Internal controls are specific restrictions or policies that guide activities to reduce the chances of fraud, significant errors or unforeseen detriments to a business. Using controls lets you spot problems before they get out of hand and can prevent individuals from stealing from you. Having written internal controls will help your staff understand what they can and can’t do when performing their duties, which helps protect your company.

Prevents Fraud

One benefit of internal controls is a reduction in fraud opportunities. A simple example of an internal control aimed at reducing fraud is requiring employees to submit receipts in order to receive expense reimbursements. You might avoid this by setting a meal per diem or give a budget for tips, parking and taxis for employees who travel. Some businesses require two signatures on checks, while others mandate that a person who writes a check cannot sign it. Banks often request that businesses submit the signatures of people who are authorized to sign checks so the bank can verify checks before paying them.

Error Prevention

Some internal controls are intended to spot potential errors before they happen. For example, you might have two people review each payroll before cutting and distributing checks. Each person will independently total employee hours, calculate their earned pay and check the deductions. The two will then compare their numbers against each other’s. A production facility might do a limited test-run on an order, checking the quality of items that come off the line before it runs the complete order. A restaurant might have an opening and closing checklist of tasks employees must perform each shift to ensure health requirements are met and adequate food inventory levels are maintained.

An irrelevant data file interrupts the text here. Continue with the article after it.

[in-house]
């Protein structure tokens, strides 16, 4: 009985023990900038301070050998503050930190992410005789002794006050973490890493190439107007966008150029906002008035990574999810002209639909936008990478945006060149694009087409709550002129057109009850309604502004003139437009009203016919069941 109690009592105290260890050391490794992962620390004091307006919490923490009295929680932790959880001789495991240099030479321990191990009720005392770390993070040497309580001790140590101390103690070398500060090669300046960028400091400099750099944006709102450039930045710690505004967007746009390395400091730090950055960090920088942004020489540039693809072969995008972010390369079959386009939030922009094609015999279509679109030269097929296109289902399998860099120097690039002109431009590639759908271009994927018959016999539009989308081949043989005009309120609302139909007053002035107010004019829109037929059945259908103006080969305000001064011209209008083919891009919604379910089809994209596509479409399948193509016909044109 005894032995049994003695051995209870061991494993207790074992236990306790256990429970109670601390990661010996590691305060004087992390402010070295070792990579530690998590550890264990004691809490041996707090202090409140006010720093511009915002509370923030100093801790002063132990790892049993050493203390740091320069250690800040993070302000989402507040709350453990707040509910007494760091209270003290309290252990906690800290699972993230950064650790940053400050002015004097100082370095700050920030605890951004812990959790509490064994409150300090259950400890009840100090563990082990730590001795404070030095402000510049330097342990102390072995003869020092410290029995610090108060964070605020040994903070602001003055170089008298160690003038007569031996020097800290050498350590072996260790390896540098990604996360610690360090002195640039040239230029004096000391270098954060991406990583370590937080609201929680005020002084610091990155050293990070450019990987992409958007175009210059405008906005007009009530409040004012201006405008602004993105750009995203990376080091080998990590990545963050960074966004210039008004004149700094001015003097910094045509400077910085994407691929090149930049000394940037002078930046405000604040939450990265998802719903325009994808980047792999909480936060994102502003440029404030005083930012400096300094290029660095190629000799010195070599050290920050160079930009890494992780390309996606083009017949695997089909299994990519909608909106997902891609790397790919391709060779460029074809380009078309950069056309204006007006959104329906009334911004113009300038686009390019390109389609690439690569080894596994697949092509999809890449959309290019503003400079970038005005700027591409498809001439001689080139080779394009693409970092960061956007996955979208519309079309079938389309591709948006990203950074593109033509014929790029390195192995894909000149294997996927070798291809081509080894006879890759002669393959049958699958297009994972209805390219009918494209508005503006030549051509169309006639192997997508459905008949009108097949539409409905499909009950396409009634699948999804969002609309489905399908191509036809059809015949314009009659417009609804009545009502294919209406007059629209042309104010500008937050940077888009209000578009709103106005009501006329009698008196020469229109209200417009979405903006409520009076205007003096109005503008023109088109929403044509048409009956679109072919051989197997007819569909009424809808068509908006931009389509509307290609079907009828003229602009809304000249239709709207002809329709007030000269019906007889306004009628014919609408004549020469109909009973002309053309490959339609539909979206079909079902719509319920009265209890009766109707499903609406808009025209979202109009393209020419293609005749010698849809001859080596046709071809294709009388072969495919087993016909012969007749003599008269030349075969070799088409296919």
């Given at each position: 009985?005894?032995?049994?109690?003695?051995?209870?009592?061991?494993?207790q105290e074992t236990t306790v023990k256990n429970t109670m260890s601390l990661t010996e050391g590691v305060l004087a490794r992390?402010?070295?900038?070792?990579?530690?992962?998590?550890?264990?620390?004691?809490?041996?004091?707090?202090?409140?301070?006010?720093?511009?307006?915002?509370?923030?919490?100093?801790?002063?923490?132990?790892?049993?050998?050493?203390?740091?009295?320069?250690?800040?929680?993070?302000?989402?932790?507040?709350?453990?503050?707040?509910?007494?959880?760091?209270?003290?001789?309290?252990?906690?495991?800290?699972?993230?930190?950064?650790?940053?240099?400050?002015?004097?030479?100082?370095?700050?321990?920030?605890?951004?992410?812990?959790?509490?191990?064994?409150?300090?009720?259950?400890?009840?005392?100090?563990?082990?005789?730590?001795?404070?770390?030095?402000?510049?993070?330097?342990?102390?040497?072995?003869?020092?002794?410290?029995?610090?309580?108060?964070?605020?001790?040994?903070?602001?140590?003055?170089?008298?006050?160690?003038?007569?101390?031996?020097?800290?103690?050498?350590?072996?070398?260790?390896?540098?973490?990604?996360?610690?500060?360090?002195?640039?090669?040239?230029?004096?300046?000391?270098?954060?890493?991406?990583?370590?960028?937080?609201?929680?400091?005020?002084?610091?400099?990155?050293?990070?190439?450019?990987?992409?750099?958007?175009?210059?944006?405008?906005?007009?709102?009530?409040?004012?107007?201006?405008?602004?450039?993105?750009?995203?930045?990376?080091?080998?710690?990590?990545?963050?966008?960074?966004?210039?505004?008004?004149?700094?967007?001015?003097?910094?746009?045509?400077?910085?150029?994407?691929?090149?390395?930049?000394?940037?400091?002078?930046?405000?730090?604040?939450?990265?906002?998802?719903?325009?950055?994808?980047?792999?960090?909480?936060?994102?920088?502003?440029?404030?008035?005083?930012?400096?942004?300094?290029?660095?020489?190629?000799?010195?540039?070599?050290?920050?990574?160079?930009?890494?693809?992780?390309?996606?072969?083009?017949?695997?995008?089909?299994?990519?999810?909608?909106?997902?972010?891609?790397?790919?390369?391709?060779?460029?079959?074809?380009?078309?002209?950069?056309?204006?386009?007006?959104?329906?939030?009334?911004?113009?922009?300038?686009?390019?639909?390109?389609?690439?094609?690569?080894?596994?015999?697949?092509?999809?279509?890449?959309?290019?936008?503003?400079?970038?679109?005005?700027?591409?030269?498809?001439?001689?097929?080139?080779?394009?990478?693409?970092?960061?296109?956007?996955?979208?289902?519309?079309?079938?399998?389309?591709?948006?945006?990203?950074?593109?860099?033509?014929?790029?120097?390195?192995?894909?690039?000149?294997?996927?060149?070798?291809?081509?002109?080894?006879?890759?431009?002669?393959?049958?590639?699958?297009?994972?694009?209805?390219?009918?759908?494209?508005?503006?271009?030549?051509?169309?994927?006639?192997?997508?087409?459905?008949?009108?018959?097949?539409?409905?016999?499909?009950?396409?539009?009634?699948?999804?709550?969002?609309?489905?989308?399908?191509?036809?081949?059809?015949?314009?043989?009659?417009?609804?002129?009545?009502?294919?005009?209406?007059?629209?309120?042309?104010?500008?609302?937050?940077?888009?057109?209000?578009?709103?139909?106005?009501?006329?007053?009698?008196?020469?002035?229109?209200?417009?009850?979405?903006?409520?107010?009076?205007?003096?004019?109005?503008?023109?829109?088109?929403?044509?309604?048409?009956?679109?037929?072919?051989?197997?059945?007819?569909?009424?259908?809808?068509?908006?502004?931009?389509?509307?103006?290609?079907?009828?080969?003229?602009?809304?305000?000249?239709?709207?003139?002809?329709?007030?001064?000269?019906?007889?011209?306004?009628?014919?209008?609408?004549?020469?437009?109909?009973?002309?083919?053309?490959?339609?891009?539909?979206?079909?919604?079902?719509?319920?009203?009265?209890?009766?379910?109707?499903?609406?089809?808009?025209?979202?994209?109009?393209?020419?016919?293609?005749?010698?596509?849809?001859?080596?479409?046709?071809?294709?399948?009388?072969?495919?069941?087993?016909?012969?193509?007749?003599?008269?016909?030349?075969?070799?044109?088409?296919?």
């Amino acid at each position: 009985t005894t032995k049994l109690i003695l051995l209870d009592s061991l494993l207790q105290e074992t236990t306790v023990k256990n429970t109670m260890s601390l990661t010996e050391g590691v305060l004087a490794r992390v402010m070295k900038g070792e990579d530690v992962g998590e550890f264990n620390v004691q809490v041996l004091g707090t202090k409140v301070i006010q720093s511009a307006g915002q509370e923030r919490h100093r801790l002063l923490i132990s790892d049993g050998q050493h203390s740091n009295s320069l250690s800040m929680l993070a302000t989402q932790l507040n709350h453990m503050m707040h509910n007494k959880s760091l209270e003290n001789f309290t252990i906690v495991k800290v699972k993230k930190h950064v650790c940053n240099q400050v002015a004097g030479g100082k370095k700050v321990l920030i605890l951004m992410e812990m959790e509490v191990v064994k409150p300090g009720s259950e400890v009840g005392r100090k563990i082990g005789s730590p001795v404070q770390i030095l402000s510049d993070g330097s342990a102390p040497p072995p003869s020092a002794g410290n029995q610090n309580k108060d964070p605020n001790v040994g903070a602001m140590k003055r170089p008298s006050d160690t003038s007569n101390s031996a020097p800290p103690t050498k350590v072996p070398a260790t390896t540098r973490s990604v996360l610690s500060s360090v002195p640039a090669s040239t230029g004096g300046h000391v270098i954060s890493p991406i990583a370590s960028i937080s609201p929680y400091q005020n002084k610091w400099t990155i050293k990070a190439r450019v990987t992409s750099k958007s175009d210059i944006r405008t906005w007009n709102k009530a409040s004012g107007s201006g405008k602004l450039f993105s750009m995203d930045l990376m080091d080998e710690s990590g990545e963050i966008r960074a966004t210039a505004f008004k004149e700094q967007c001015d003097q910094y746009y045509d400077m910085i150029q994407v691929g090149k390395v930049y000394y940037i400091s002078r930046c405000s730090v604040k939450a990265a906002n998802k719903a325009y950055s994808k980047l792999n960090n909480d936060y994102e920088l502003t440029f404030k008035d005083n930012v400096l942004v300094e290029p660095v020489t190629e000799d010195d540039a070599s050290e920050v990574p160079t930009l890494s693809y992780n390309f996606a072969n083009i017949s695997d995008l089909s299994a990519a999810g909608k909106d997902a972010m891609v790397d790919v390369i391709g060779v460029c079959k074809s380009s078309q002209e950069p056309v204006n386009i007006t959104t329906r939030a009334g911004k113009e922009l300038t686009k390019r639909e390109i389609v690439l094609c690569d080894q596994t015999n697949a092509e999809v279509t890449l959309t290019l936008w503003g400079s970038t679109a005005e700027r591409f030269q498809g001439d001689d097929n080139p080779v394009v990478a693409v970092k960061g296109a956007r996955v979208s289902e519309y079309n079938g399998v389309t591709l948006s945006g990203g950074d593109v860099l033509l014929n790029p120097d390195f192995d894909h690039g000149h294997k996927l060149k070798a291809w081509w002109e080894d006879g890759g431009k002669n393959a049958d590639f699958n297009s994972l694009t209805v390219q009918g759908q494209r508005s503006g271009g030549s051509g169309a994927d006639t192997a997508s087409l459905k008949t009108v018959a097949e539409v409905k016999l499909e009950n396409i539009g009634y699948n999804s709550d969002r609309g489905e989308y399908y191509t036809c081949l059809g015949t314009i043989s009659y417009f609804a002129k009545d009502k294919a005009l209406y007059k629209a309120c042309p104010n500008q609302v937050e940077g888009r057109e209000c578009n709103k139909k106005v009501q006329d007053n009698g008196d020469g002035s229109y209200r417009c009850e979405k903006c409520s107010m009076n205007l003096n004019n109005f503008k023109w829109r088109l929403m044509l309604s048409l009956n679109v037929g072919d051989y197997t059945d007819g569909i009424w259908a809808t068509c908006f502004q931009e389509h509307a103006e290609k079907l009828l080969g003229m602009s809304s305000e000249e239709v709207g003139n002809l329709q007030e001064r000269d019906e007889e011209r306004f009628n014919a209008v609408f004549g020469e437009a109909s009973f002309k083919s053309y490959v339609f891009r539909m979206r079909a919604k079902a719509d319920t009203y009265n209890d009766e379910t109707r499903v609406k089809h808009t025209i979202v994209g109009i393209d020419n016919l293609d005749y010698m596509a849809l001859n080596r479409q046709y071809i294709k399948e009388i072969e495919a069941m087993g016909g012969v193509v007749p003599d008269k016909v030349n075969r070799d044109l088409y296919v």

Error Spotting

No matter how hard you try, you won’t spot every potential error at your company, and mistakes will happen. Internal controls can help you detect errors early and address them before they get out of hand. In some instances, a recheck of numbers, such as a monthly bank reconciliation, will help you spot errors that occurred once. In other situations, such as reviewing new contracts after 30 days, you might find ongoing problems. In both cases, your internal controls will help you rectify the situation.

Reduced Lawsuits and Insurance Claims

Having a company policies and procedures manual that lays out staff behavior restrictions can help you reduce the risk of lawsuits or costly insurance claims. Working with an employment expert, you create policies that address state and federal workplace rules and regulations, such as those covering harassment and overtime. Having controls that address workplace safety can help reduce accidents, lowering your insurance premiums and reducing workers’ compensation claims and negligence lawsuits.